In the early 1800s, steamboat travel enabled travel upstream from New Orleans through the lower Mississippi River system, and this provided a convenient route to the fertile lands of the Mississippi valley. The steamships brought produce from the interior to New Orleans for export and return trips northward brought many of the immigrants who had arrived through New Orleans into the American heartland on the next leg of their journey.
With the blockade of Confederate ports during the Civil War, immigration through New Orleans was halted and never regained its momentum due to the rapid expansion of railroads that made travel from Eastern ports more appealing. Also at this point, more and more shipping companies were turning to the larger steamships that couldn’t reliably get into the port of New Orleans because of sand bars that often blocked the port. In 1879 a set of parallel dikes, or jetties, designed by James Buchanan Eads, narrowed the mouth of the river which cut a deeper trench that allowed for the passage of larger ships.
This helped the port regain its prominence as a world class trade center, but immigration never rebounded to its pre-Civil War levels. It did receive a small portion of the wave of eastern Europeans that began arriving in the U.S. in the 1880s, as well as a number of Italians (most notably from Sicily), and other Mediterranean immigrants. Due to its proximity to Cuban and Caribbean shipping lanes, New Orleans also drew a large number of Spanish and Latin American immigrants arriving in the U.S.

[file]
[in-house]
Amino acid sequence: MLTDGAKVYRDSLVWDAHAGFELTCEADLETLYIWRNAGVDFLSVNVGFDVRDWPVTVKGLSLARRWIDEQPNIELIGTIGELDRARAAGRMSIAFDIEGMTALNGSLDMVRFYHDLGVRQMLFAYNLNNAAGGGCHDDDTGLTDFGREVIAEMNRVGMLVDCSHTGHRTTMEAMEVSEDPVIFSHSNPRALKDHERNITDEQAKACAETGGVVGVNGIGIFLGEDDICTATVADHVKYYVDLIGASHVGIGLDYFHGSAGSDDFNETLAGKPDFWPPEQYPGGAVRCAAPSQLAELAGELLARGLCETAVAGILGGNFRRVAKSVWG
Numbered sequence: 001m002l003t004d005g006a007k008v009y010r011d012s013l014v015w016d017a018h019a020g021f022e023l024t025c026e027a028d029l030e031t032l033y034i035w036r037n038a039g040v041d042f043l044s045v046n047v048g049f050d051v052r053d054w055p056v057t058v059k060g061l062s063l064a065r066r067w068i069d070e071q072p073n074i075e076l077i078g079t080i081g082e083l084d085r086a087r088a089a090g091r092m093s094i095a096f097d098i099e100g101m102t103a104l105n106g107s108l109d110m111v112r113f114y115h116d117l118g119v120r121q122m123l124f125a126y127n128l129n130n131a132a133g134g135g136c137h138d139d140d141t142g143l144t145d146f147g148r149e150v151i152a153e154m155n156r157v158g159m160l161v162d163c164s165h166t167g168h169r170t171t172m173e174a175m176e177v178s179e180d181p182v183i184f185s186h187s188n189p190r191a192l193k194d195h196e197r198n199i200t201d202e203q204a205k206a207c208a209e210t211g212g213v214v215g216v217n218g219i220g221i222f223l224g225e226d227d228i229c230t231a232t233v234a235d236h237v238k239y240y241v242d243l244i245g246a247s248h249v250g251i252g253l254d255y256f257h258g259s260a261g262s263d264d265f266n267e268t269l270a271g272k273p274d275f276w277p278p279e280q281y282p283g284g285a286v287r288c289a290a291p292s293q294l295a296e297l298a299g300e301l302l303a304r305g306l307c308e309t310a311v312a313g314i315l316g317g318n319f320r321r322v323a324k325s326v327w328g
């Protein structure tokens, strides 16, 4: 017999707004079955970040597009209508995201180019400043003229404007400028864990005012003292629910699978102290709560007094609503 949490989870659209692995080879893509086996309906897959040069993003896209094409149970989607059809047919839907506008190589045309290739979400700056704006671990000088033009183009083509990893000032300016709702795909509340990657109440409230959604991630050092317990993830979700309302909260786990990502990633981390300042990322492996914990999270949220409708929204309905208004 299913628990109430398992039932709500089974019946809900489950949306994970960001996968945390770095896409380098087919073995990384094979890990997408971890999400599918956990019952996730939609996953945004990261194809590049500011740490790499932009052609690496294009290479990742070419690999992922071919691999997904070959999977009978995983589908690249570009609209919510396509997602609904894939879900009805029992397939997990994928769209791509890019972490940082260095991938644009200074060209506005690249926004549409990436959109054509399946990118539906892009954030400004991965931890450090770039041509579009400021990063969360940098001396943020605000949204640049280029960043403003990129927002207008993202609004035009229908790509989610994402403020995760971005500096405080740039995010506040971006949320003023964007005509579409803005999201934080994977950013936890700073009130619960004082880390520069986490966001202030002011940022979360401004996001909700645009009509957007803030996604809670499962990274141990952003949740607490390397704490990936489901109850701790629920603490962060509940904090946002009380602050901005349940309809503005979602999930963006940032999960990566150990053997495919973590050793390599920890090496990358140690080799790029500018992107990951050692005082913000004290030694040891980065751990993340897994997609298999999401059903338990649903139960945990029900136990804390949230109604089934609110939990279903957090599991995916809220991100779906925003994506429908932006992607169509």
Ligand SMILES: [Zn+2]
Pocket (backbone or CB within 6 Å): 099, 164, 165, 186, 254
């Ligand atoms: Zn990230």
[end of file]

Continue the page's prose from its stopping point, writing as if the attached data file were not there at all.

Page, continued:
A Seasonal Route
Travel through New Orleans wasn’t without its risks; Yellow fever and malaria were recurring visitors between the months of May and November. Immigrants with little or no immunity to these tropical diseases were especially at risk so travel guides recommended that immigrants avoid arriving in the city during those months.
In 1853, the city was hit with an epidemic of yellow fever that sickened 40% per cent of the population and it’s estimated that around 8,000 people succumbed to the disease that year. Wealthier residents often fled the city during the summer months to avoid the disease.
Because of the lucrative nature of the port, the business community wanted an open deregulated port. This made it an attractive port of entries for those who might be detained at stricter ports. For example, after the Chinese Exclusion Acts of the 1880s, some Asians still found their way into the U.S. through New Orleans due to the looser enforcement of immigration laws. The loose restrictions were also attractive to those with physical challenges that might jeopardize entry through other ports.
Antebellum Louisiana: Disease, Death, and Mourning (Louisiana State Museum)
Mark Stolarik, ed. Forgotten Doors: The Other Ports of Entry to the United States, Chapter 3, "Immigration through the Port of New Orleans," by Joseph Logsdon (Philadelphia, Pa.: The Balch Institute Press, 1988.)